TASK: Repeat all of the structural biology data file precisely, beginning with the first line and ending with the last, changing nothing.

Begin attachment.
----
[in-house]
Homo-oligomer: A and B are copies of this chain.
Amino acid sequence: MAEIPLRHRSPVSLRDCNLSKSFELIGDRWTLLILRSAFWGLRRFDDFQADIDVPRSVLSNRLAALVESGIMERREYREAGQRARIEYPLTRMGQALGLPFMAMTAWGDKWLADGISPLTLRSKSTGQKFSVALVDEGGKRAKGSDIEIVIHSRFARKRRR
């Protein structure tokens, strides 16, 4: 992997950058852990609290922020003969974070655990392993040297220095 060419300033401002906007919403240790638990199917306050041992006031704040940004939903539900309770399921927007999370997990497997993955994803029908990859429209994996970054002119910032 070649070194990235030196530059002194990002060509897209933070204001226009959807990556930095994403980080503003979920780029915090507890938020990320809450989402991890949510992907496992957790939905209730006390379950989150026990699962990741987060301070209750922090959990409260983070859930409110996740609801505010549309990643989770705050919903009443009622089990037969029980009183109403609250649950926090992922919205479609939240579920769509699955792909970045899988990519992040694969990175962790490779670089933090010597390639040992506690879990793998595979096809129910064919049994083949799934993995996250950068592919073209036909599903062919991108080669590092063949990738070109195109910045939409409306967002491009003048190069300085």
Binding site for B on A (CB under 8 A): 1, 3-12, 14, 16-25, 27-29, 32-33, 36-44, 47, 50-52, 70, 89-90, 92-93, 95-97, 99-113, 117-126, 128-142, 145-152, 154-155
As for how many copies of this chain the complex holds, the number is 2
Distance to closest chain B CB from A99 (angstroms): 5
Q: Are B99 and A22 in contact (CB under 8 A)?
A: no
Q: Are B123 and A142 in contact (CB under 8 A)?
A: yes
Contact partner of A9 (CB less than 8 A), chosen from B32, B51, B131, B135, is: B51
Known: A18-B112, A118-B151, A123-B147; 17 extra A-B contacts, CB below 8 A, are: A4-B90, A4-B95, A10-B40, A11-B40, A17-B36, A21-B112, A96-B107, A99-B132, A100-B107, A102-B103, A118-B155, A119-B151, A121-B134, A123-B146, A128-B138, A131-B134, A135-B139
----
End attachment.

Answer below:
[in-house]
Homo-oligomer: A and B are copies of this chain.
Amino acid sequence: MAEIPLRHRSPVSLRDCNLSKSFELIGDRWTLLILRSAFWGLRRFDDFQADIDVPRSVLSNRLAALVESGIMERREYREAGQRARIEYPLTRMGQALGLPFMAMTAWGDKWLADGISPLTLRSKSTGQKFSVALVDEGGKRAKGSDIEIVIHSRFARKRRR
């Protein structure tokens, strides 16, 4: 992997950058852990609290922020003969974070655990392993040297220095 060419300033401002906007919403240790638990199917306050041992006031704040940004939903539900309770399921927007999370997990497997993955994803029908990859429209994996970054002119910032 070649070194990235030196530059002194990002060509897209933070204001226009959807990556930095994403980080503003979920780029915090507890938020990320809450989402991890949510992907496992957790939905209730006390379950989150026990699962990741987060301070209750922090959990409260983070859930409110996740609801505010549309990643989770705050919903009443009622089990037969029980009183109403609250649950926090992922919205479609939240579920769509699955792909970045899988990519992040694969990175962790490779670089933090010597390639040992506690879990793998595979096809129910064919049994083949799934993995996250950068592919073209036909599903062919991108080669590092063949990738070109195109910045939409409306967002491009003048190069300085």
Binding site for B on A (CB under 8 A): 1, 3-12, 14, 16-25, 27-29, 32-33, 36-44, 47, 50-52, 70, 89-90, 92-93, 95-97, 99-113, 117-126, 128-142, 145-152, 154-155
As for how many copies of this chain the complex holds, the number is 2
Distance to closest chain B CB from A99 (angstroms): 5
Q: Are B99 and A22 in contact (CB under 8 A)?
A: no
Q: Are B123 and A142 in contact (CB under 8 A)?
A: yes
Contact partner of A9 (CB less than 8 A), chosen from B32, B51, B131, B135, is: B51
Known: A18-B112, A118-B151, A123-B147; 17 extra A-B contacts, CB below 8 A, are: A4-B90, A4-B95, A10-B40, A11-B40, A17-B36, A21-B112, A96-B107, A99-B132, A100-B107, A102-B103, A118-B155, A119-B151, A121-B134, A123-B146, A128-B138, A131-B134, A135-B139